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IBM chief scientist seeks patterns in patterns

Big Blue's Jeff Jonas sits down to discuss how big data can help businesses reduce risk and increase opportunity.

Jeff Jonas, chief scientist, IBM Entity Analytics
Jeff Jonas, chief scientist, IBM Entity Analytics

Despite what is often considered to be a conservative approach to business, IBM has no shortage of big thinkers who use their skills both internally and externally to influence the way the company thinks about technology and how it applies to business processes.

This week I met with Jeff Jonas, chief scientist, IBM Entity Analytics, to talk about how predictive analytics is moving into new realms of big data and how companies are using software to deal with the deluge of information.

Jonas joined IBM in 2005 when Big Blue acquired SRD, a company he founded to develop so-called extraordinary systems with specific data analysis tasks, such as facial recognition and analysis systems casinos use to catch cheating gamblers.

The main thrust of Jonas' research right now is trying to figure out ways to better take advantage of as much data as possible as fast as the transaction is happening--with an eye toward real-time predictive analytics. This is basically pattern detection in real-time, based on patterns that may or may not exist already.

Jonas explained that you may not know of a pattern, but you want to find one, and that many might be interesting but they don't always matter. In the casino example, bad guys are looking to perform channel separation by mixing and matching, people, places, and things, but the casino needs to do channel consolidation to aggregate information and determine an immediate course of action.

Another example is the interest in analyzing social media data. Jonas contends that if you can't count, you can't predict--for example, a government watching for a SARS outbreak needs to comingle channels to better ascertain geolocation as well as the gravity of the data. Counting and pattern matching the data leads to better decision making.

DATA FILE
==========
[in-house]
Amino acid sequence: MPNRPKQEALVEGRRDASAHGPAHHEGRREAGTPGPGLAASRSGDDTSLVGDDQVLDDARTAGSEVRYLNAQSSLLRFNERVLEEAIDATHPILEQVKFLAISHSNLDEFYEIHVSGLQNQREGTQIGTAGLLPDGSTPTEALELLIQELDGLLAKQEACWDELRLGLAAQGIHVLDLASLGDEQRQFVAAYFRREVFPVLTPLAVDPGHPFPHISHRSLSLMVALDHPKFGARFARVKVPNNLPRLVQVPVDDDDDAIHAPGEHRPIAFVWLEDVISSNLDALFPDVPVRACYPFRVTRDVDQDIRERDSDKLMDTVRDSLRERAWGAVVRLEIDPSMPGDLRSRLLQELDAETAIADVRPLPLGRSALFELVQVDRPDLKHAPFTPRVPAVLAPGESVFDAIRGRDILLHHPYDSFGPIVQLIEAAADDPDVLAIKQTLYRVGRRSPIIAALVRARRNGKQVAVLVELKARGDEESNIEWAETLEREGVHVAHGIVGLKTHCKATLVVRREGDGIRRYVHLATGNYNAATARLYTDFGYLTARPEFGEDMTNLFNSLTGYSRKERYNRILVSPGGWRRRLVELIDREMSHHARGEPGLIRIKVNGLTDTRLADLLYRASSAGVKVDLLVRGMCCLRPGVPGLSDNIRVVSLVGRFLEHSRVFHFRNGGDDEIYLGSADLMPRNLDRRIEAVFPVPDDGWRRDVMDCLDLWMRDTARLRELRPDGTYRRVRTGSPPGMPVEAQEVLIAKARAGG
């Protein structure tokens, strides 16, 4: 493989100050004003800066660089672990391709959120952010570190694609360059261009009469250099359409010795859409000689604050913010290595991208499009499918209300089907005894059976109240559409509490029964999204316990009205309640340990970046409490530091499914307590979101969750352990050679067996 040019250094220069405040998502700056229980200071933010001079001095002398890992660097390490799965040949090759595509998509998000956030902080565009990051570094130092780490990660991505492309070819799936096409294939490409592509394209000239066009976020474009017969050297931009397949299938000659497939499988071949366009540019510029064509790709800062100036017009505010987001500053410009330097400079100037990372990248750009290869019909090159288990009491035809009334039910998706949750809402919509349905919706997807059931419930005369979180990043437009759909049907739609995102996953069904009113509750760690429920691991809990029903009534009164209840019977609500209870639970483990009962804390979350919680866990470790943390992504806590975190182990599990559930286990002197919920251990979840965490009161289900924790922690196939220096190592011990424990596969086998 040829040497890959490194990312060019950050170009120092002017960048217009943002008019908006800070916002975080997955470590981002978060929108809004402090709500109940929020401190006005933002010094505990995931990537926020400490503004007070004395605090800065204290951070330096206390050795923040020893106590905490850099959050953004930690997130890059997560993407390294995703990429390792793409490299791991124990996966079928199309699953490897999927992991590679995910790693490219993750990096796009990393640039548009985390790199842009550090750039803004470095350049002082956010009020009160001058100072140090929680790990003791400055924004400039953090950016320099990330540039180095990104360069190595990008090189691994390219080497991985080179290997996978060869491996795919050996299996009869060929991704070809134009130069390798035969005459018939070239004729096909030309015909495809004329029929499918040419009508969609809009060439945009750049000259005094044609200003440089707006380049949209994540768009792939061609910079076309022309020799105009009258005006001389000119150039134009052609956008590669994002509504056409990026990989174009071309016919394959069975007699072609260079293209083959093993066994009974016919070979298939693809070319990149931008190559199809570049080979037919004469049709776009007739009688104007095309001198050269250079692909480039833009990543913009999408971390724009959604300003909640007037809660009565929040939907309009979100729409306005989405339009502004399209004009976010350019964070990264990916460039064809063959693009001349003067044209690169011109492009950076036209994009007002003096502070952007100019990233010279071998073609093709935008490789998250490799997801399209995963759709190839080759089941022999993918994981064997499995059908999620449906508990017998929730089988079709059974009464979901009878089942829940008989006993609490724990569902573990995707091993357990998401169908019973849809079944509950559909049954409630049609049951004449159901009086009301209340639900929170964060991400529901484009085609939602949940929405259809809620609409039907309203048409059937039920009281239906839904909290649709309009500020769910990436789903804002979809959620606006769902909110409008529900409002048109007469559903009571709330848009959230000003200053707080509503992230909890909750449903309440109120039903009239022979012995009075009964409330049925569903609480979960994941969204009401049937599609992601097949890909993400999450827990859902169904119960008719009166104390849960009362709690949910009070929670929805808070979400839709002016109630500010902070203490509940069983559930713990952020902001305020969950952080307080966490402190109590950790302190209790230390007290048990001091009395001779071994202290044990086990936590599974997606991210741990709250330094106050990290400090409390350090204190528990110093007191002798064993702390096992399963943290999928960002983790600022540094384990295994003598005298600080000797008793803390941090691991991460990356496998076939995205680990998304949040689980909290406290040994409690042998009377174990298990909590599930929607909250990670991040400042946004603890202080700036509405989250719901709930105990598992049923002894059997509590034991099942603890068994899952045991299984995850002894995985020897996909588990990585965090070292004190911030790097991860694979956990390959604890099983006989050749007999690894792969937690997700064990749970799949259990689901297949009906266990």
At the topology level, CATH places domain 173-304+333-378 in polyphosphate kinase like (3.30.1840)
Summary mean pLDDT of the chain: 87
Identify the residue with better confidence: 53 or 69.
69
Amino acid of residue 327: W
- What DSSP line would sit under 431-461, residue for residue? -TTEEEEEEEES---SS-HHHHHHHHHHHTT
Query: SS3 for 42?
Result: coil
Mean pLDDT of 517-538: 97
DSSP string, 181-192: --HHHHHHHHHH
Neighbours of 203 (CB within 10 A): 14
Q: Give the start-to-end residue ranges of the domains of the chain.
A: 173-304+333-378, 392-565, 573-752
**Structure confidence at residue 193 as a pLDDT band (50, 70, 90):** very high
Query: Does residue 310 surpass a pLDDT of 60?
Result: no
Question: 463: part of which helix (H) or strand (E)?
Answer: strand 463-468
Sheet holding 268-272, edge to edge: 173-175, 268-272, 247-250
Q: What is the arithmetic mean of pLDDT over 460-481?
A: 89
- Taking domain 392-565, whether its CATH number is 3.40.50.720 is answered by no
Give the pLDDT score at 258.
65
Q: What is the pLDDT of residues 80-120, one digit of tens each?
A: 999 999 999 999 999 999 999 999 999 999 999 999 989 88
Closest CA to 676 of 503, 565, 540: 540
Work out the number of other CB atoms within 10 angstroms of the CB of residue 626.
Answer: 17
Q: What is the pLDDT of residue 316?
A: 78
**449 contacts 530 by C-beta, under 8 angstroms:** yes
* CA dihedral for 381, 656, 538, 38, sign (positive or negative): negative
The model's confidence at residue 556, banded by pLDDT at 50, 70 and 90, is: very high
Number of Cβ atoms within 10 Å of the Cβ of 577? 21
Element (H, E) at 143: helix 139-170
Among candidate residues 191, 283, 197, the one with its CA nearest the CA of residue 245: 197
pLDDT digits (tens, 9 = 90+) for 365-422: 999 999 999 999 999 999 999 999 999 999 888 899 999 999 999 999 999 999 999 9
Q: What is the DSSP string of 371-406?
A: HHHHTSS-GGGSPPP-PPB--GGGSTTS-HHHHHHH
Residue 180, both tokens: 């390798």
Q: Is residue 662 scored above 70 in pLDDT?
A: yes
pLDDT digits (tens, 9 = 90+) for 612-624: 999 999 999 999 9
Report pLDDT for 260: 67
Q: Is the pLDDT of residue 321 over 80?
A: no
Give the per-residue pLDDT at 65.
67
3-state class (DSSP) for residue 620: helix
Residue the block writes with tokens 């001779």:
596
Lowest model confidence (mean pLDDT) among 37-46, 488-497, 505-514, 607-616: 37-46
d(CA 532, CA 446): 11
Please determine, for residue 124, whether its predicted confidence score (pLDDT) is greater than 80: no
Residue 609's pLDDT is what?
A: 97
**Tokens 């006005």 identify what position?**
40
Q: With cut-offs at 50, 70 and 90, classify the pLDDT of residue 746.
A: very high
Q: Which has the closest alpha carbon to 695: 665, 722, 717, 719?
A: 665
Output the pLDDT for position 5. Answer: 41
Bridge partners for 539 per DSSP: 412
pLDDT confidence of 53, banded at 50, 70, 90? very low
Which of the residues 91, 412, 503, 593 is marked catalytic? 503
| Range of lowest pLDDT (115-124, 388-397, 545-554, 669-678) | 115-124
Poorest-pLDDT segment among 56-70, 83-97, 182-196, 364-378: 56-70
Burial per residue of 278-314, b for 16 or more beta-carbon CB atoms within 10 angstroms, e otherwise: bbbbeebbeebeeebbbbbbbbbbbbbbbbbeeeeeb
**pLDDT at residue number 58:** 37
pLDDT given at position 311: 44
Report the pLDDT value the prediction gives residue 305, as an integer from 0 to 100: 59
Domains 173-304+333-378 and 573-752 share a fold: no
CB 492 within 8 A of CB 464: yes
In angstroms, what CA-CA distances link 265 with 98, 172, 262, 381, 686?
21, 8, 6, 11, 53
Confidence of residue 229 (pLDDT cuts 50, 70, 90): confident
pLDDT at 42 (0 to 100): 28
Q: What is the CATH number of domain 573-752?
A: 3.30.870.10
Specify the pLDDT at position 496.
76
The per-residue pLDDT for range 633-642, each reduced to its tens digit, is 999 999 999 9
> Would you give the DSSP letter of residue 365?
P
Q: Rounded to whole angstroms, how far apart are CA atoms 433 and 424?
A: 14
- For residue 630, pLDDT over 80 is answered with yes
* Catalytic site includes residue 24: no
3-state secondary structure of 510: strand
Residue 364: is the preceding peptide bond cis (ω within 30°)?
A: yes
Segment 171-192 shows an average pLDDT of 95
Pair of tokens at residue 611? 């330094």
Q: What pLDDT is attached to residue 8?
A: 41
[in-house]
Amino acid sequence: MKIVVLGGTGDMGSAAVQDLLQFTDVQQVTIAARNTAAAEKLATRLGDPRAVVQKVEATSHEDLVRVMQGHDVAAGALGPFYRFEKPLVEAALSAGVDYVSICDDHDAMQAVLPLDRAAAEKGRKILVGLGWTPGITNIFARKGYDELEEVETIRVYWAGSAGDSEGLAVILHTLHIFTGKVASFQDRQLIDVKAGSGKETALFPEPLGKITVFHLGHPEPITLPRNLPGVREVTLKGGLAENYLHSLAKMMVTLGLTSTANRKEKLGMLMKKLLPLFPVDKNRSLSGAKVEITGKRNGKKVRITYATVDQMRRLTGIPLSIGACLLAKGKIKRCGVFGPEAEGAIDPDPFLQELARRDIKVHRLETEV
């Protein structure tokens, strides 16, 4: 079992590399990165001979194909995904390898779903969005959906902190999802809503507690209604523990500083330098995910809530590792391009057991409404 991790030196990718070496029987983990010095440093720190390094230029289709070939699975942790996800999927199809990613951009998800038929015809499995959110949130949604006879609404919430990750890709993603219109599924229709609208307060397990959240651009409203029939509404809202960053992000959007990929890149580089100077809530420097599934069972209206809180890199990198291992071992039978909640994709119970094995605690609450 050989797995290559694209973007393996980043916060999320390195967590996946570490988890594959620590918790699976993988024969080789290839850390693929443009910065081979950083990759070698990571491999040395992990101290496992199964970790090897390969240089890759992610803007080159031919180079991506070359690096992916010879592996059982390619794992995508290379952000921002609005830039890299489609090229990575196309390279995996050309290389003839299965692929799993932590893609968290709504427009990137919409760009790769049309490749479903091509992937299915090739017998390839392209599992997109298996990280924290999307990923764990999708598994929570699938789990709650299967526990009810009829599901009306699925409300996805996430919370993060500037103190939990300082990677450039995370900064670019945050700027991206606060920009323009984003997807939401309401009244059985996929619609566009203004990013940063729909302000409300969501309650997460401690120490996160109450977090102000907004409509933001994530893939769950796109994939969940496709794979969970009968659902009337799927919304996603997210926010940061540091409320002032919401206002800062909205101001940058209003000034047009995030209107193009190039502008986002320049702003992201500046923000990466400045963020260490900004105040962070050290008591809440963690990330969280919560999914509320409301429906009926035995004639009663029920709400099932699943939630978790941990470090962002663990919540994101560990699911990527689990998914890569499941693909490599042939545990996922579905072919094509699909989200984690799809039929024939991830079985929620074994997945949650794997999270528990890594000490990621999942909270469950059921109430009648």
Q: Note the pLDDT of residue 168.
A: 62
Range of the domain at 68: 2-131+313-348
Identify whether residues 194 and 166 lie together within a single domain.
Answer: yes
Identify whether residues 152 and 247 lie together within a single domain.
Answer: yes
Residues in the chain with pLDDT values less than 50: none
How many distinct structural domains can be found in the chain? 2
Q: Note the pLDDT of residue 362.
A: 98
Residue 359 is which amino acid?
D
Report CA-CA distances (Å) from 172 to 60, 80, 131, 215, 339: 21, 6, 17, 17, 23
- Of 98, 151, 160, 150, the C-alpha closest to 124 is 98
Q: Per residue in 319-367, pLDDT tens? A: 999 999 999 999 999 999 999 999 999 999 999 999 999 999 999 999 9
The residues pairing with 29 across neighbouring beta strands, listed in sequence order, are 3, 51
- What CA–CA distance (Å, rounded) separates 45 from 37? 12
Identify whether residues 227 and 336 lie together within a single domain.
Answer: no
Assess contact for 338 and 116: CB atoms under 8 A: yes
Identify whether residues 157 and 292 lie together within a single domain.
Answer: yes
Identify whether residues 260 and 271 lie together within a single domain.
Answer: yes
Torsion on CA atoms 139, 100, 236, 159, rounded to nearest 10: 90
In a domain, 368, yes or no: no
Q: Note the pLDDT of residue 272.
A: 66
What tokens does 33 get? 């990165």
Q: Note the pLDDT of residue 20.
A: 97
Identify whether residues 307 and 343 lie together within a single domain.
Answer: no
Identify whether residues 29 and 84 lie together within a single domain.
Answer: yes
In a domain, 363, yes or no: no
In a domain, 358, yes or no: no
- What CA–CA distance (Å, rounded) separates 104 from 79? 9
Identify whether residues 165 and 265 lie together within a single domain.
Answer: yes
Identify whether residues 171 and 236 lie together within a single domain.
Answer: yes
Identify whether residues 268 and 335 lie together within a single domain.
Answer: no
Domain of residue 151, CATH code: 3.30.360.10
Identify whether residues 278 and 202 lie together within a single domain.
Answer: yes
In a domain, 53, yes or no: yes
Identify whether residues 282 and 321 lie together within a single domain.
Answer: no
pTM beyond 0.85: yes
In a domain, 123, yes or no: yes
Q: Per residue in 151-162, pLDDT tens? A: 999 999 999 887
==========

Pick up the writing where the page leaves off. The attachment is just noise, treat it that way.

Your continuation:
From a recent Jonas blog post:

The single most fundamental capability required to make a sensemaking system is the system's ability to recognize when multiple references to the same entity (often from different source systems) are in fact the same entity. For example, it is essential to understand the difference between three transactions carried out by three people versus one person who carried out all three transactions.

Without the ability to determine when entities are the same, it quickly becomes clear that sensemaking is all but impossible.

And, according to Jonas, the more data the better. If you can reduce the number of puzzle pieces with solid blocks you are able to eliminate noise, however, systems need to be smart enough to re-examine themselves and determine if information that was discounted is now valuable.

Data visualization certainly helps with sense-making but it's the ability to consolidate the channels and have non-obvious relationship awareness to determine threats--inside and outside.

At the moment the majority of this type of analytical software is on-premise but will move to the cloud as soon as IT staff and large corporations become totally comfortable with the privacy and data integrity issues. After all, you don't want your entire trail of GPS movements to be exposed to the entire Internet or hackers who might use the data against you.

That said, the amount of data coming from cloud-based and mobile systems is growing exponentially, and the ability to process the data at the edge, is another way to get the best possible real-time analytics to be able to look back on decisions and analysis in the past and ensure accuracy and reliability.